Closing your credit card is not always a good idea, as it could reflect quite poorly on your credit history. We’ll go into how closing your card reflects on your credit, and list a couple of ways to do it as harmless as possible.
Closing Your Credit Card – What Is It?
Closing your old credit card is not as simple as people think. With the average American household having over two credit cards, it’s normal that people tend to close their old ones to avoid paying additional fees, penalties, and other costs.
At times, the cons outweigh the pros, especially when it comes to secured (explained) or credit reparation credit cards. Closing the card will have some implications on your FICO score, which we’ll get into a bit later in the article.
When you want to close your card, you’ll need to contact your issuer via the number on the back of the card you want to close.
In this call, you can expect your credit card issuer to inquire about a multitude of things. As it’s not in their interest for you to close the card, plan your agent to convince you to stay with their credit card company. You might even be offered additional perks such as rewards, bonus features, or balance transfer offers.
After you deny their request, you can finally close your card. Now, after you close your card, as long as it initially reported to Equifax, Experian, and TransUnion, the three major credit bureaus, the closing will get notified.
That will have consequences on your FICO score, credit history, and might leave negative marks on your credit. A tarnished credit score is never a good thing, as it could significantly impact your chances of getting a loan, mortgage, job, and could even lead to more significant interest rates.
Closing a credit card requires a particular amount of finesse if you want it to go as smoothly as possible. Some consequences are unavoidable, but as long as you know what you’re doing – at most, they’ll be temporary and minimal.
How Closing Your Credit Card Reflects on Your Credit?
Below, we will discuss how closing your credit card reflects on your credit, the possible implications, and some worrying statistics and mathematics.
Closing your credit card could result quite poorly on your FICO score, credit history, and chances of opening any future cards. The first thing that will take a hit once you close your credit card will be your credit score, and here is how.
As the credit closing is reported to as many credit bureaus as the card initially reports to, it will lower your credit score. Your credit score is impacted by many things that determine its value, such as payment history, credit length history, amount of debt, new credit, and type of credit.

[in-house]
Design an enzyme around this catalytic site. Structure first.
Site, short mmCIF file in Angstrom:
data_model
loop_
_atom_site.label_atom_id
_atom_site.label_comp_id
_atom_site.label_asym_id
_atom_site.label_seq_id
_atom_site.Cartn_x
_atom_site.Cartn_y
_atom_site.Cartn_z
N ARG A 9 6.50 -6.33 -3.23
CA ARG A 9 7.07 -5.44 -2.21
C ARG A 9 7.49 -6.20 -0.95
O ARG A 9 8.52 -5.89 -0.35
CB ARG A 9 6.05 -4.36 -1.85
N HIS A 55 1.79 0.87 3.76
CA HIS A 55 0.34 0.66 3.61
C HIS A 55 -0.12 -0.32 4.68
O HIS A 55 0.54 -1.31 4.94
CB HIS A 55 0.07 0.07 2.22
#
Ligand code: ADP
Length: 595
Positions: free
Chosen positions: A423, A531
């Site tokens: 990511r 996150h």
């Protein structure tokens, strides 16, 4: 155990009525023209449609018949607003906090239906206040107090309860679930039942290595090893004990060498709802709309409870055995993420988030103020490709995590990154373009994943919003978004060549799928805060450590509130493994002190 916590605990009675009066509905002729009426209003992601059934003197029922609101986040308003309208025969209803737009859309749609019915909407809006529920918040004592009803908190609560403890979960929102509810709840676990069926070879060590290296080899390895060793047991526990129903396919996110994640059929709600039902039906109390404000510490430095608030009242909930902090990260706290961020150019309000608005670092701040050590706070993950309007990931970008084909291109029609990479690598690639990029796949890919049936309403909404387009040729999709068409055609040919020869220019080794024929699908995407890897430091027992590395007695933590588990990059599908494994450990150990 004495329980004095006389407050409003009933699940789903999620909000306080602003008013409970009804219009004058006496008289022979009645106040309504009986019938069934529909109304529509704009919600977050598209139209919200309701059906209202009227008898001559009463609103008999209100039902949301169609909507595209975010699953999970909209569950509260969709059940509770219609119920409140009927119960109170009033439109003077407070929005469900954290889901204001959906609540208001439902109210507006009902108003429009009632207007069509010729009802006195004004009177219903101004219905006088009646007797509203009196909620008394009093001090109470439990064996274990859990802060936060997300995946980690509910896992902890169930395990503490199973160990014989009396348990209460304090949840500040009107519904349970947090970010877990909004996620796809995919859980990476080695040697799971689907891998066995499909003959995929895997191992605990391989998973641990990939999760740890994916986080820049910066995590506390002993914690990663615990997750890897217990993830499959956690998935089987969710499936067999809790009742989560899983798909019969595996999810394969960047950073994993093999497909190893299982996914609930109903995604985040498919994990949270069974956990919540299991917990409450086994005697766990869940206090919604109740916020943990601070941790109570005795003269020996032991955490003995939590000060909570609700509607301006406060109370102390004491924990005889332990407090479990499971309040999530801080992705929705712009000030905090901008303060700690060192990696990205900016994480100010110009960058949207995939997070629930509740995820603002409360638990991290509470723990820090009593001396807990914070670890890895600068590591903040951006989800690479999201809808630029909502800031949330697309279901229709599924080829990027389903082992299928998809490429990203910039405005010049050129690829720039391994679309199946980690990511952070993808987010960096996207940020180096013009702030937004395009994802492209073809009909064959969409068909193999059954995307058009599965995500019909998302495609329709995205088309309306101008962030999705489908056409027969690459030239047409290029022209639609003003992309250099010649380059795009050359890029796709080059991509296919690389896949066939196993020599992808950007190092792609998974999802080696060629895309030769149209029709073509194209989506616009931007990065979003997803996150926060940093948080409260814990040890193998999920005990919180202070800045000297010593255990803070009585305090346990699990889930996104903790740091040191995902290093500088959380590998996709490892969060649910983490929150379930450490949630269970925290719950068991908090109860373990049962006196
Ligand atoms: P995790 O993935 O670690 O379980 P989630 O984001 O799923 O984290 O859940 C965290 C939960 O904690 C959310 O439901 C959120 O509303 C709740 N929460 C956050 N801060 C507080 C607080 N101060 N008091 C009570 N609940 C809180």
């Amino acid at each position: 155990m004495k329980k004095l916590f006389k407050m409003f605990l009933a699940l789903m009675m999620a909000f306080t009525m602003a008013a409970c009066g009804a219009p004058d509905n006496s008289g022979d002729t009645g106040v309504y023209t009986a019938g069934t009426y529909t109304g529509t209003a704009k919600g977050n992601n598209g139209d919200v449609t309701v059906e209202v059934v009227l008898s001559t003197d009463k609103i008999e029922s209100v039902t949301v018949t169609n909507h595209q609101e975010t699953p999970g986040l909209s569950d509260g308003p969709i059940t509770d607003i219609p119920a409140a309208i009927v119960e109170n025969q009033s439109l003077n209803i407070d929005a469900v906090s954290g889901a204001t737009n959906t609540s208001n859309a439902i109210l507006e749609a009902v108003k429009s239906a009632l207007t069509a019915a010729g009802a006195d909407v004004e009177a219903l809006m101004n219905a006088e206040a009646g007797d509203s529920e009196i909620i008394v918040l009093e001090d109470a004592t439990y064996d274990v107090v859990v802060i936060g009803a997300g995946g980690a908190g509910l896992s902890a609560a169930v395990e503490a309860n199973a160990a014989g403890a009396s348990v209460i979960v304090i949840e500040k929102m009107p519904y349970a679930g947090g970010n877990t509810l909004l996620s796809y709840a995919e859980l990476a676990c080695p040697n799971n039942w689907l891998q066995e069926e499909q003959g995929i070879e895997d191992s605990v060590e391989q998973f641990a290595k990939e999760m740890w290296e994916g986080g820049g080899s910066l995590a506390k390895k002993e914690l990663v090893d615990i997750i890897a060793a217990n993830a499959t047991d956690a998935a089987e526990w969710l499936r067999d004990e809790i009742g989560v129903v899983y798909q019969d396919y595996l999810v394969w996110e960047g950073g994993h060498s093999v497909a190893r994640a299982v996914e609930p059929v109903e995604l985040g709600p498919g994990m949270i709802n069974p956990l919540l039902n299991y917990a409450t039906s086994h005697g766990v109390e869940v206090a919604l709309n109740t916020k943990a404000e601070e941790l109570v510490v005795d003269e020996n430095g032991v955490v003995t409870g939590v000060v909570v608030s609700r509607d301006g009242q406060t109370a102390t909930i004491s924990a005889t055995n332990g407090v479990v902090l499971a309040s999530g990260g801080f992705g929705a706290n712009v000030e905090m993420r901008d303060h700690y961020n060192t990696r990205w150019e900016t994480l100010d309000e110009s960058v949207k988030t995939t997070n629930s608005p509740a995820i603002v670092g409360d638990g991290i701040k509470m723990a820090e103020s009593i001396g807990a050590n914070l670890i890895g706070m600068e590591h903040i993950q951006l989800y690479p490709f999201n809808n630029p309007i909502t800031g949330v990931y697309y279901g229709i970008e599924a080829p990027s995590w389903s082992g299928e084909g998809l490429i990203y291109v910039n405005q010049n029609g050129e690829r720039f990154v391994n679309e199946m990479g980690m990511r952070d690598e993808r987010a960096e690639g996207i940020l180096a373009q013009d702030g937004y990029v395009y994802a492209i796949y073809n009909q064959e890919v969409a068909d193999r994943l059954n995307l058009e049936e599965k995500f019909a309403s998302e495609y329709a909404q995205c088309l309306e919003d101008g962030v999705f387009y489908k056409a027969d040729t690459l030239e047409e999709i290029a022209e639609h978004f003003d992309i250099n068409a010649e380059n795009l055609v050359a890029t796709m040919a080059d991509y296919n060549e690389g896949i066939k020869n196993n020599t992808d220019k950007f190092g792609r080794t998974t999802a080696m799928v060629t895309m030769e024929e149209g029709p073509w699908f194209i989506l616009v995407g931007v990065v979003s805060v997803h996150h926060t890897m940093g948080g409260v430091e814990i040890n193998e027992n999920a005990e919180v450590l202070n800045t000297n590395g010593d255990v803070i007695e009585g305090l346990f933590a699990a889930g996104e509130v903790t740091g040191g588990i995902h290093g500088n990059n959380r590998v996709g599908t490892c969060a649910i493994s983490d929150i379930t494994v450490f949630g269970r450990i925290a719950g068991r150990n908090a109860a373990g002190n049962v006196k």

While closing your card will not put you into debt, it will impact the length of your credit history. The length of your credit history is calculated by adding the amount of time you have on all your credit cards and dividing it by the total number of cards. Now, this means if you have two cards for five years, once you close one, your credit history in total will drop down to 2.5 years.
Another thing that takes a hit is your utilization. If you’re debt-free on all of your accounts (which statistics dictate is unlikely), you won’t suffer any consequences about your utilization. On the other hand, if you do have some debt, your utilization rate will go up, which further decreases your credit score.
That happens because you’re pushing all your utilization to your remaining credit accounts, which in total have a lower credit limit. After you close your credit card, you’ll still continue paying your unpaid credit.
How to Evade Closing Your Credit Card?
If you don’t want to close your credit card and therefore tarnish your credit score, the best course of action is never to open more credit cards than you need in the first place. No one is born with a credit score, and building one takes time, practice, and a card.
If you’re looking for a sound credit building credit card, try to find one that will result as well as possible on your credit score when you close it. Make sure that all the effects are as minor and as temporary as possible.
Not closing a credit card is as simple as not opening it in the first place. If you want to open a brand new credit card to pay off a debt, make a significant purchase, or upgrade your existing one, reconsider finding alternative ways to achieve your goals.
What to Do Before Closing Your Credit Card?
There are a couple of precautionary steps you want to take before you close your credit card. As closing your credit card will never be painless, you’ll want to ensure that it’s as painless as possible.
- The first thing you will need to do before you close your credit card is to check customer support. Once you call your card closing line, you will get a detailed presentation on why you shouldn’t close your credit card.